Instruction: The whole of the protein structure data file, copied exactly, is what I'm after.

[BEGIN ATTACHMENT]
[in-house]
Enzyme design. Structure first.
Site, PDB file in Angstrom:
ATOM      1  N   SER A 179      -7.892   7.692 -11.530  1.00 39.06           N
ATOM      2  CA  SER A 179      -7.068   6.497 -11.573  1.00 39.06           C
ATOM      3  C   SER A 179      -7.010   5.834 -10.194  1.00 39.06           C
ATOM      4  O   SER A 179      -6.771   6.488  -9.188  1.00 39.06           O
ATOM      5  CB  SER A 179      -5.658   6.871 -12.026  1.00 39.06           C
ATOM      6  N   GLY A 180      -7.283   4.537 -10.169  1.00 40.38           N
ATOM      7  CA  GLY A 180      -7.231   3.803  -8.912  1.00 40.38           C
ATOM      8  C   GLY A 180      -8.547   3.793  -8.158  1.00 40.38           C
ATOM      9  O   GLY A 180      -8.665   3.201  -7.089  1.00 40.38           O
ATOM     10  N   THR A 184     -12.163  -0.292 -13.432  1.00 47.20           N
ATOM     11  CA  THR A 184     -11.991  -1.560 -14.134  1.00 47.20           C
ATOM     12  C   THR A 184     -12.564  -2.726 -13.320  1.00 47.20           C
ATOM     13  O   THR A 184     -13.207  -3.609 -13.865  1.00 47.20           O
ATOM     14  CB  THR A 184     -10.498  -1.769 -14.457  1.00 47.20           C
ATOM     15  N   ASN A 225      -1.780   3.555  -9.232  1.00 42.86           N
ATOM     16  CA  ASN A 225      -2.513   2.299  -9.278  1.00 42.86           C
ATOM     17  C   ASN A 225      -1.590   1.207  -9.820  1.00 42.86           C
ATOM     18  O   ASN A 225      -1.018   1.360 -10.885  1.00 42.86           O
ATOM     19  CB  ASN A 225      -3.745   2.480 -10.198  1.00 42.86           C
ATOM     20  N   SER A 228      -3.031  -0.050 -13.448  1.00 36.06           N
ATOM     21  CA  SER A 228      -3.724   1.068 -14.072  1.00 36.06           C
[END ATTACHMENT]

[in-house]
Enzyme design. Structure first.
Site, PDB file in Angstrom:
ATOM      1  N   SER A 179      -7.892   7.692 -11.530  1.00 39.06           N
ATOM      2  CA  SER A 179      -7.068   6.497 -11.573  1.00 39.06           C
ATOM      3  C   SER A 179      -7.010   5.834 -10.194  1.00 39.06           C
ATOM      4  O   SER A 179      -6.771   6.488  -9.188  1.00 39.06           O
ATOM      5  CB  SER A 179      -5.658   6.871 -12.026  1.00 39.06           C
ATOM      6  N   GLY A 180      -7.283   4.537 -10.169  1.00 40.38           N
ATOM      7  CA  GLY A 180      -7.231   3.803  -8.912  1.00 40.38           C
ATOM      8  C   GLY A 180      -8.547   3.793  -8.158  1.00 40.38           C
ATOM      9  O   GLY A 180      -8.665   3.201  -7.089  1.00 40.38           O
ATOM     10  N   THR A 184     -12.163  -0.292 -13.432  1.00 47.20           N
ATOM     11  CA  THR A 184     -11.991  -1.560 -14.134  1.00 47.20           C
ATOM     12  C   THR A 184     -12.564  -2.726 -13.320  1.00 47.20           C
ATOM     13  O   THR A 184     -13.207  -3.609 -13.865  1.00 47.20           O
ATOM     14  CB  THR A 184     -10.498  -1.769 -14.457  1.00 47.20           C
ATOM     15  N   ASN A 225      -1.780   3.555  -9.232  1.00 42.86           N
ATOM     16  CA  ASN A 225      -2.513   2.299  -9.278  1.00 42.86           C
ATOM     17  C   ASN A 225      -1.590   1.207  -9.820  1.00 42.86           C
ATOM     18  O   ASN A 225      -1.018   1.360 -10.885  1.00 42.86           O
ATOM     19  CB  ASN A 225      -3.745   2.480 -10.198  1.00 42.86           C
ATOM     20  N   SER A 228      -3.031  -0.050 -13.448  1.00 36.06           N
ATOM     21  CA  SER A 228      -3.724   1.068 -14.072  1.00 36.06           C